Having an unstable internet connection at work can cause various problems for the company. It can be bad for the business if a transaction is interrupted by slow Wi-Fi connection and abrupt data loss. Cloud storage assists with this worrying possibility because the storage servers never go offline. This means that even with a sudden loss of internet connection, it’s still possible to save current files to a secure location. Most cloud storage providers even have a cache data alternative to make data available even with a failed internet connection.

4. Cost

For corporate data, security is paramount. This means setting aside a budget to ensure that the files are always protected. Even with the slightly expensive cost of enterprise cloud storage service, this file backup is actually cheaper than buying other resources (ex. extra hard drives, USBs, micro SD cards, etc.) to secure corporate files.

Out of all the cloud storage options in the market today, which one do you think is best for your business?

What Cloud Storage Solutions Can Do Better

cloud storage solutions

One of the most common reasons people have for not using services like cloud storage solutions is that they already stored their data in an external hard drive which is the traditional and quite famous backup method. Although for some people one is better than the other, in reality, there is really no right or wrong with these backup methods since they both have their own sets of pros and cons.

Listed below are three important factors to help you decide which backup method is a better fit for your needs.

Cost

– Comparing how much you’d ultimately shell out will help you figure out what storage fits your budget. It’s also important to know the features that you’re going to enjoy with the price of the storage so you’ll get your money’s worth. You can calculate the cost for the traditional means of backup through the external hard drive/s that you’re going to use. Alternatively, checking the price range of various cloud storage systems is how you can calculate the cost of online storage. For the external hard drive, the bigger it is (in terms of GB), the pricier it’ll be. The same is true with cloud storage—the more online storage you acquire, the higher the price range is. The only thing that makes cloud storage a bit better in this department is that there’s also a lot of free cloud storage systems available online.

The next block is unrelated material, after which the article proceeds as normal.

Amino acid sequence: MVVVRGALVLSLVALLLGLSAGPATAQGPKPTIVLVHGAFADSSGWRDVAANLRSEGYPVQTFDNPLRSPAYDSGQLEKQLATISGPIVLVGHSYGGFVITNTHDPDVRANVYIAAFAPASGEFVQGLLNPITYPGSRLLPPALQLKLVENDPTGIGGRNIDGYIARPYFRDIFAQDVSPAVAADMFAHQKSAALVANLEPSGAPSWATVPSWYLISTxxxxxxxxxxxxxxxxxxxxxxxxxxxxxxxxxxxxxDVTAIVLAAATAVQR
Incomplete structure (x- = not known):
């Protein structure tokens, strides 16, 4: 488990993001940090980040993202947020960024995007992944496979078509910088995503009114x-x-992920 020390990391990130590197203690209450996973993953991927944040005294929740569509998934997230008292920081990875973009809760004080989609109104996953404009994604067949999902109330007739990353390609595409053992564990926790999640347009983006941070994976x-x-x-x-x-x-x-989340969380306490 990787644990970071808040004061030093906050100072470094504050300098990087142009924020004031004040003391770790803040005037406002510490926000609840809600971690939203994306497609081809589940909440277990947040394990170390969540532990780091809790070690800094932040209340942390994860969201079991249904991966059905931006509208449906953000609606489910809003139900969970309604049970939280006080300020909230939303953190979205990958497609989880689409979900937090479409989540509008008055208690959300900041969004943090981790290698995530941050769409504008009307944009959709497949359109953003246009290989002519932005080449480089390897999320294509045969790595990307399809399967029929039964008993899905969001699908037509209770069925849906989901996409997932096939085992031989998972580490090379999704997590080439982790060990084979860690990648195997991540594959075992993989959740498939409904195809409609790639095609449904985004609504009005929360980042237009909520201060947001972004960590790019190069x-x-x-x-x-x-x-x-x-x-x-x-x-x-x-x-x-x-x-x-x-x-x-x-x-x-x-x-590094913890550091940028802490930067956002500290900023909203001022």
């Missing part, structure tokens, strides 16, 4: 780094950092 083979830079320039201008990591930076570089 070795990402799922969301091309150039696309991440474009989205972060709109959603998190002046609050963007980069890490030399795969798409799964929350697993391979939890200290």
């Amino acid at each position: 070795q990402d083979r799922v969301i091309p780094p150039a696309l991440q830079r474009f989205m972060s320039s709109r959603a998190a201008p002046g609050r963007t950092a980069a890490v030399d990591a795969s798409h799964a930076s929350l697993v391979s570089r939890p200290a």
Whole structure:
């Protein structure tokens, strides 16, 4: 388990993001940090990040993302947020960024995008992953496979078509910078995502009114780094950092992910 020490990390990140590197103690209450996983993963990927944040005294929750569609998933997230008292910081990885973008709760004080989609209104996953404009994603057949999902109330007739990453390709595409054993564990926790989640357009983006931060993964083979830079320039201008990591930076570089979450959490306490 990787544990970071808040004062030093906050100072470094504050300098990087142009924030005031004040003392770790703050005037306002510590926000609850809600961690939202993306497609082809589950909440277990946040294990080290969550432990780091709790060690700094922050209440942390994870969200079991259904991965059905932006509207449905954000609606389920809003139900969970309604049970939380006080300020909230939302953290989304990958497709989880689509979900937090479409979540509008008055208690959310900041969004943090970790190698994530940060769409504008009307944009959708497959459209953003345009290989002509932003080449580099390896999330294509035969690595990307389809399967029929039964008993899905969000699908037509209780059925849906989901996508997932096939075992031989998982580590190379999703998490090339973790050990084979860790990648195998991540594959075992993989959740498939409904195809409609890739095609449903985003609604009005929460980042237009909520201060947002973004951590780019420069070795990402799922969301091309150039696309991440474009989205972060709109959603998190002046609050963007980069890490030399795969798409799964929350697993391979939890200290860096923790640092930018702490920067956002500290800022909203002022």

Backup process

– When it comes to this department, it looks like the traditional way of storing data has a bit more edge because of the speed associated with it. External backups don’t take that long, even if you’re copying or moving tons of data. At the most, it will only take a few hours. On the other hand, the first backup of cloud storage systems, referred as the complete back-up, can take days (or sometimes weeks, especially for business cloud storage solutions). The good thing about this is that you’ll still be able to use your device even if there’s a backup procedure going on. The downside is that accessing your files can be a bit tricky. Another saving grace of cloud storage is that once the complete backup is done, subsequent backups won’t take that long again. In fact, the process will be take just a few minutes.

Accessibility

– One of the features cloud storage providers are proud of is that once you store your files and data through cloud, everything will be easy to access. You don’t even have to stick with your computer to access your folders since remote access using other devices is possible. That’s all well and good. However, it can be a problem if the cloud storage user isn’t connected online. Granted that there are providers that give special offline access (though still limited), when it boils down to it, easy accessibility isn’t always that easy. Alternatively, external hard drives give you accessibility in a way that if you have it with you, anytime, online or offline, you can still access your data. The operative word here though is ‘anytime.’ If you happen to forget to bring your hard drive, then easy access isn’t possible at all.

How about you, what type of backup method fits your needs better? Which storage option do you prefer?